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High court's cell tower ruling favors cities

Decision eases permit pressure on local governments

WASHINGTON -- The Supreme Court made it easier yesterday for cities to say no to new cellphone towers in their neighborhoods.

In a 9-to-0 ruling, the justices said the federal law that was designed to encourage the growth of the telecommunications industry does not allow cities to be sued for damages for refusing to permit a cell tower.

In the past decade, 140,000 cellphone towers have sprouted up in the United States, but the phone industry says it needs more of them to eliminate ''dead spots."

The court's decision will take some of the pressure off local governments to approve permits for new cell towers, although it does not mean they can refuse all of them.

The ruling was one of three yesterday in which the court overturned decisions of the US Court of Appeals for the Ninth Circuit, based in San Francisco.

The decision on cell towers will affect disputes across the country. However, it did not arise from a typical conflict between a cellular phone company and a municipality, but rather from a dispute between a ham radio operator and the City of Rancho Palos Verdes near Los Angeles.

Mark Abrams, the ham operator, erected a 52-foot radio tower on his property. City officials objected in 1998, when they learned Abrams was using the tower for commercial broadcasts, and they denied him a permit to broadcast from the tower.

He sued the city in federal court, seeking an order that would allow him to keep the tower as well as damages and attorneys fees. When the Circuit Court ruled for Abrams, the Supreme Court took up the dispute to decide whether the Telecommunications Act of 1996 allows such damage claims against cities.

Writing for the court, Justice Antonin Scalia said Congress did not intend local governments to be liable for huge money verdicts in such disputes. It could have ''a particularly severe impact" on small towns and rural communities across the United States if the leaders of the cellphone industry could seek money damages and lawyers' fees, he said.

Disappointed applicants may go to court to challenge a city's decision, but that is all, Scalia said. They may not seek monetary damages from the city, even if officials wrongly denied the permit, he said.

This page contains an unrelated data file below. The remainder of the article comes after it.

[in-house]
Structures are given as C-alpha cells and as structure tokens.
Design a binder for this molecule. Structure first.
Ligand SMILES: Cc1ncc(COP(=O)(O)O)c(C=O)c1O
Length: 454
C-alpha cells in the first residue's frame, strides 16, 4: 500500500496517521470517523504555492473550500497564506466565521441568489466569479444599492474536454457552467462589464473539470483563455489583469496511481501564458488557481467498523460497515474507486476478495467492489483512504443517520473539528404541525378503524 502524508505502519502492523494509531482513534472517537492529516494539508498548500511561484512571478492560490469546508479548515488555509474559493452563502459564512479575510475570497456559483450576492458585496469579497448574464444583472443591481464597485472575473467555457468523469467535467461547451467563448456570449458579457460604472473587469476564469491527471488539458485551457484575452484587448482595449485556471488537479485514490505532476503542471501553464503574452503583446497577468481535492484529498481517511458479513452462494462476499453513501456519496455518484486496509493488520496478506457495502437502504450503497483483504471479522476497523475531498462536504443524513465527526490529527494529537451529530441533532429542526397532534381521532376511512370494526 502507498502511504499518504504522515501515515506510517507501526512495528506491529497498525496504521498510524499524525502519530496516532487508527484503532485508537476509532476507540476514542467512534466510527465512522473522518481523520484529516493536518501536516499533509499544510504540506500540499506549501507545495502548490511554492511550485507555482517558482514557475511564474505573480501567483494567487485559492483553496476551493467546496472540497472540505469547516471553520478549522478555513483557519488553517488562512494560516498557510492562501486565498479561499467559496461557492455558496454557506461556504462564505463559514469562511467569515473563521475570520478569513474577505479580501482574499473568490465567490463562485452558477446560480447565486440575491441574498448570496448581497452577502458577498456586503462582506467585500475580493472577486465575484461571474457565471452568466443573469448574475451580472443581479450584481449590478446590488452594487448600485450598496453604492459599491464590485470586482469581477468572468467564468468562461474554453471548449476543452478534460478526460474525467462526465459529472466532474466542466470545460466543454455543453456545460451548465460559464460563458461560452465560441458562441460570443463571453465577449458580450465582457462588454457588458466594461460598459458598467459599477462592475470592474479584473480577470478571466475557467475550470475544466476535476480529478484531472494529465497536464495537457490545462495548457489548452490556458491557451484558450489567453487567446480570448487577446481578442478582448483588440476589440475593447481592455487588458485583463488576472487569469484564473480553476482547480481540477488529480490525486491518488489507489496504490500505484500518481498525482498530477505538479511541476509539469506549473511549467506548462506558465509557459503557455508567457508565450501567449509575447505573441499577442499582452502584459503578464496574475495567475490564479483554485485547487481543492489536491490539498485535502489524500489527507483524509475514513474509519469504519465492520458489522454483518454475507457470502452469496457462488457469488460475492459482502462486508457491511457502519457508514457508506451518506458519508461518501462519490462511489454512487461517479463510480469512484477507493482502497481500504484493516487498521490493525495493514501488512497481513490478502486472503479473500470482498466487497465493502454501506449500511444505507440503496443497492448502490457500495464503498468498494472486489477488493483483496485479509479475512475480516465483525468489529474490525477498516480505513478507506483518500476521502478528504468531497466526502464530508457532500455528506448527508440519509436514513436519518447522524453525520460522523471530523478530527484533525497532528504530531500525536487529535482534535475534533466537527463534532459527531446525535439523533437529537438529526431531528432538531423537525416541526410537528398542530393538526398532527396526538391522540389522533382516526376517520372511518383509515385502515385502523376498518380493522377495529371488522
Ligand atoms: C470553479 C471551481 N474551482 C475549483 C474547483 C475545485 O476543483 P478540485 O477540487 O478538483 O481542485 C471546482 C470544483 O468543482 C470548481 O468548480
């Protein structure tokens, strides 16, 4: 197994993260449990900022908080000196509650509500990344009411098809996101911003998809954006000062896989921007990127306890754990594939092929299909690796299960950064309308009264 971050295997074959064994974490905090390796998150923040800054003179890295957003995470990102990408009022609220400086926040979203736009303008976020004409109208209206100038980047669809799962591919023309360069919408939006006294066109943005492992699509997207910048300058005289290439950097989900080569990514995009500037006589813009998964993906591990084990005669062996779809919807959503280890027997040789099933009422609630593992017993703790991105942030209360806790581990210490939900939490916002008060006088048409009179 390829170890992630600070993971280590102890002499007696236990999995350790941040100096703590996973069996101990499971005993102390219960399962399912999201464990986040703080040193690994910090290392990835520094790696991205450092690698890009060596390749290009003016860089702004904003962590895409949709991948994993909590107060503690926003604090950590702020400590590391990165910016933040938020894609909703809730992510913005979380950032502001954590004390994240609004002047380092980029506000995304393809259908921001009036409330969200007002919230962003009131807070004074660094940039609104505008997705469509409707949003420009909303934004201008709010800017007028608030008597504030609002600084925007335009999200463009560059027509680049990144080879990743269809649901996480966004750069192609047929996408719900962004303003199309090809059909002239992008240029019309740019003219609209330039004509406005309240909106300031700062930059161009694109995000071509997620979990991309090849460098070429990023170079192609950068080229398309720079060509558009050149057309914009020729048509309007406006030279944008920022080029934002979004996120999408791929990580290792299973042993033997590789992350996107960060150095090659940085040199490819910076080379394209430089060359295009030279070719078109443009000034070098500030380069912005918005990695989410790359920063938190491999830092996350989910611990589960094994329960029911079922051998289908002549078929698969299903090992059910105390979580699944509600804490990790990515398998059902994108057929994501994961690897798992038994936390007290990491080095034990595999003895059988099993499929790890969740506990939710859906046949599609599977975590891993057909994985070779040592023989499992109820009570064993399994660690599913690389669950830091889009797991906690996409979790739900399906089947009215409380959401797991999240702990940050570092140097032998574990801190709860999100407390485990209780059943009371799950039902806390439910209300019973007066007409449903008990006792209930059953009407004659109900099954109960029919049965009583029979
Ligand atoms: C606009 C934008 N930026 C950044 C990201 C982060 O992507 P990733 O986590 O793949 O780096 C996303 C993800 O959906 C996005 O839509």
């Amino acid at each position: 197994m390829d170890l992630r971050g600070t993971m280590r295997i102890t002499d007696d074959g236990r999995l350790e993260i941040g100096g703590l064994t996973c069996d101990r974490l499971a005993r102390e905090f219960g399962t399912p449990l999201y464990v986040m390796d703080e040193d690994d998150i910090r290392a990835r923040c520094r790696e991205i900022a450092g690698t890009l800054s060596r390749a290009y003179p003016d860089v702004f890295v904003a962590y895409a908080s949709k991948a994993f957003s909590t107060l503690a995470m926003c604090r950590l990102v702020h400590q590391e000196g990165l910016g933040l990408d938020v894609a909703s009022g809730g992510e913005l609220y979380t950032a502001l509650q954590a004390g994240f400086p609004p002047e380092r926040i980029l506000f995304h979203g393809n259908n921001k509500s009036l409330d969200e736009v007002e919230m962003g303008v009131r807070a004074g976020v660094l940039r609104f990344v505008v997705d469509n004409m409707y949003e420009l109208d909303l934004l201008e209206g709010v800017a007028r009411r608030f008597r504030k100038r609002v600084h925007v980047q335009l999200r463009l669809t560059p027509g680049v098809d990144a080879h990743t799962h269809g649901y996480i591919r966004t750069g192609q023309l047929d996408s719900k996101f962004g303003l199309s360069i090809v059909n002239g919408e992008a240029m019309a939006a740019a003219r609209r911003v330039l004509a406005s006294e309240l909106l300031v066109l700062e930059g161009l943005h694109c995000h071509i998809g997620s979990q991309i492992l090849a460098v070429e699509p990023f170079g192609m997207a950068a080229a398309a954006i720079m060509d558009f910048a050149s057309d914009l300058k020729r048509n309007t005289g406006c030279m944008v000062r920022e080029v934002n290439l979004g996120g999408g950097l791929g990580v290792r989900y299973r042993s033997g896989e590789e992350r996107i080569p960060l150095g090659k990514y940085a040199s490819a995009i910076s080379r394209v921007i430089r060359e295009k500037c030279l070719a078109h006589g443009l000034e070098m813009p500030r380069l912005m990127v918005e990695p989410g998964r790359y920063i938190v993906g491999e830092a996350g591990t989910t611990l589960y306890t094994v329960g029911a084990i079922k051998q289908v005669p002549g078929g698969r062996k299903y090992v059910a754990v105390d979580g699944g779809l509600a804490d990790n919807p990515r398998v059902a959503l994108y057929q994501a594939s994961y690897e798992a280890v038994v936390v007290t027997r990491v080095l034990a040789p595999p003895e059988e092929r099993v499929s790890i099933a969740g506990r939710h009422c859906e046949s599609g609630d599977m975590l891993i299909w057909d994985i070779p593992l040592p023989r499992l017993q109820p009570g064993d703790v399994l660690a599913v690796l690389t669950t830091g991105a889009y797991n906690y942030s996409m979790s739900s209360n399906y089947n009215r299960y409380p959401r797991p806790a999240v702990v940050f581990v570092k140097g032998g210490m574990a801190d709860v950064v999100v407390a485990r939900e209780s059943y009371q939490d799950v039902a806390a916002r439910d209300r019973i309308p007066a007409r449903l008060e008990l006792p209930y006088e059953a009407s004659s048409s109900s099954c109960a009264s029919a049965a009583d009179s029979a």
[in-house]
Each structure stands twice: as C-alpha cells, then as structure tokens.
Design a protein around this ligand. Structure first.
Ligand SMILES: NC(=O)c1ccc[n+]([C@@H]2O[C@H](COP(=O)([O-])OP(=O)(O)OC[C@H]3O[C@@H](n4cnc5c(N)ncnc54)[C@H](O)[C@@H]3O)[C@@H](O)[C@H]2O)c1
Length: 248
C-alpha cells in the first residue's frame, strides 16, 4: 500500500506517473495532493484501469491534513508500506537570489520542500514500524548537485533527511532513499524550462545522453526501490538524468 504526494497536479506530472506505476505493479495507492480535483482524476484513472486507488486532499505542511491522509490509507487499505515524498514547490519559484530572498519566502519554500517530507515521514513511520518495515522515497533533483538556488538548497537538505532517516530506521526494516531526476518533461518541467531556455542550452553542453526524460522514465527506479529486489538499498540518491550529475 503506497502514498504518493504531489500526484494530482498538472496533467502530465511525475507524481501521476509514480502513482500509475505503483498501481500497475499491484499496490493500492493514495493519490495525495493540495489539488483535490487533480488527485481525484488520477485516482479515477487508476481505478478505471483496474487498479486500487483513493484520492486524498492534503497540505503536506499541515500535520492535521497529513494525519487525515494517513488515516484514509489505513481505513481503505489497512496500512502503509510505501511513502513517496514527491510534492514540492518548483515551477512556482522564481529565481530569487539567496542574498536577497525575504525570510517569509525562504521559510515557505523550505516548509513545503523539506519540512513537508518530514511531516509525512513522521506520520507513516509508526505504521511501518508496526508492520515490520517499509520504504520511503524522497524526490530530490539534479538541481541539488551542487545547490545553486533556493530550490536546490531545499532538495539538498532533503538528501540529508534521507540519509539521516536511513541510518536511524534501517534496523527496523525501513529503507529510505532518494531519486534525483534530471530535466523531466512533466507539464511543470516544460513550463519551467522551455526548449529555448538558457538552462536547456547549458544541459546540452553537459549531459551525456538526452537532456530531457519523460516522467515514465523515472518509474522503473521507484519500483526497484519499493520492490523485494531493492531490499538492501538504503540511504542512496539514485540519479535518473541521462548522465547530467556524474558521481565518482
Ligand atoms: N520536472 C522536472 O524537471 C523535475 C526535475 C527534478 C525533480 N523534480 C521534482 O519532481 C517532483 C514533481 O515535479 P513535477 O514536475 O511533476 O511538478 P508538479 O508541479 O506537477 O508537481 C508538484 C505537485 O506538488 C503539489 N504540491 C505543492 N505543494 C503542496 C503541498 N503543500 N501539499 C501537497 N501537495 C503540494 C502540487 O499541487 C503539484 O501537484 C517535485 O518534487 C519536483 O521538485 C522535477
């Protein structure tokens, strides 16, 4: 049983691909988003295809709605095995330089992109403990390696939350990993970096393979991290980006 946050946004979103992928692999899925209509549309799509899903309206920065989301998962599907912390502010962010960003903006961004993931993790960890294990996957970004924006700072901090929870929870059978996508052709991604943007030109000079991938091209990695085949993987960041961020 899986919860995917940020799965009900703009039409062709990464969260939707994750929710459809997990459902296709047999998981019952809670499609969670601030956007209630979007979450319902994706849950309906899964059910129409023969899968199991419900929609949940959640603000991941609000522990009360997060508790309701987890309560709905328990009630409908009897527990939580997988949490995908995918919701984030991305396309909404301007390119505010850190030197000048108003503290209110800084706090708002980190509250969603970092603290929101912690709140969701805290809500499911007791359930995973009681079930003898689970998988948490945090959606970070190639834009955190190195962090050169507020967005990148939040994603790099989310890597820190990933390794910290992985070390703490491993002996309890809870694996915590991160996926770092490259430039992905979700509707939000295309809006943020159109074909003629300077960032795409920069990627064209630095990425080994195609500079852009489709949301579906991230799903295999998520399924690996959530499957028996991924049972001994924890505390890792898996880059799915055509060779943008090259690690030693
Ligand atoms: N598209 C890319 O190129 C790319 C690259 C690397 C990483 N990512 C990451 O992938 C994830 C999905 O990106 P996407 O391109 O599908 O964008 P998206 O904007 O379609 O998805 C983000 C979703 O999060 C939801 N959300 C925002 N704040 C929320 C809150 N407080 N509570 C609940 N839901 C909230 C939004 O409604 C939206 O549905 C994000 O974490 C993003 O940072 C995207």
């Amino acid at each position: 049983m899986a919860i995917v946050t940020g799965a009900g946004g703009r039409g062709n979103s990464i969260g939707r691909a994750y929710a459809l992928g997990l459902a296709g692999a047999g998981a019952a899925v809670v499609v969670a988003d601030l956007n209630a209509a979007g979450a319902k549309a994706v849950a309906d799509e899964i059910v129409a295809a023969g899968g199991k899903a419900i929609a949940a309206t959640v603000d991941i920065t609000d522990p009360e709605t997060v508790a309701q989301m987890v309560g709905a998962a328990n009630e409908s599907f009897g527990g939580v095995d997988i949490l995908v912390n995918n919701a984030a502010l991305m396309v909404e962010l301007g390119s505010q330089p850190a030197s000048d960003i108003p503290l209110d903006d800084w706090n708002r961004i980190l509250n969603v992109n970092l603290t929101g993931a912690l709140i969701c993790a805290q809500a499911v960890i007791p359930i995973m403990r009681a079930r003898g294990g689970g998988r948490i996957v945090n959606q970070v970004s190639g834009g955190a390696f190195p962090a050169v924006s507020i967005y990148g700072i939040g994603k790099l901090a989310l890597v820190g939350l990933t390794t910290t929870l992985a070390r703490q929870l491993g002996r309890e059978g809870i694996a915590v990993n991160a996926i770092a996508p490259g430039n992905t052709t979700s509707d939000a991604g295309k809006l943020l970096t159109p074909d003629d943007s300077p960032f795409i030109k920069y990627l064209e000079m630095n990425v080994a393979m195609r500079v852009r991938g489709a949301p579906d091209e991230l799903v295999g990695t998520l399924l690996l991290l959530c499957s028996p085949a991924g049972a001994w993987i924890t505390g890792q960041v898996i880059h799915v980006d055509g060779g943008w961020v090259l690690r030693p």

In the other decisions yesterday:

The Supreme Court, voting 5 to 3, restored the death sentence for an Orange County, Calif., murderer who became a devout Christian after he went to prison. The US Court of Appeals for the Ninth Circuit, in a 6-to-5 decision, had reversed William Payton's death sentence because jurors might have thought they could not consider his behind-bars religious conversion. A prosecutor had argued that only the crime counts, not what happens after the convict goes to prison.

The Supreme Court disagreed and said the jury almost surely weighed Payton's religious conversion, but they decided he deserved to die anyway.

Writing for the court, Justice Anthony M. Kennedy said the California state courts were right in upholding the sentence, and the jury may well have seen Payton's religious conversion as ''altogether insignificant in light of the brutality of the crimes."

Justices David H. Souter, John Paul Stevens, and Ruth Bader Ginsburg dissented, saying reasonable jurors would have thought they could not consider his conversation as grounds for leniency.

The court, in a 5-to-4 ruling, said police in the Simi Valley area of Los Angeles did not use excessive force when they handcuffed for nearly three hours all the occupants of a house that was raided, even though they quickly learned the people who were at home were innocent.

Chief Justice William H. Rehnquist said the police are free to handcuff everyone when carrying out such a raid to protect themselves. In this case, police were looking for a violent gang member, he said, and therefore, had reason to be cautious.

When a SWAT team burst into the house in 1998, they were looking for a gang member, but instead awoke 18-year old Iris Mena. With guns pointed at her, she was handcuffed in a garage for nearly three hours. Mena sued two officers, contending they subjected her to an unconstitutional seizure. A jury agreed with her and awarded $60,000 in damages, a verdict upheld by the Circuit Court.

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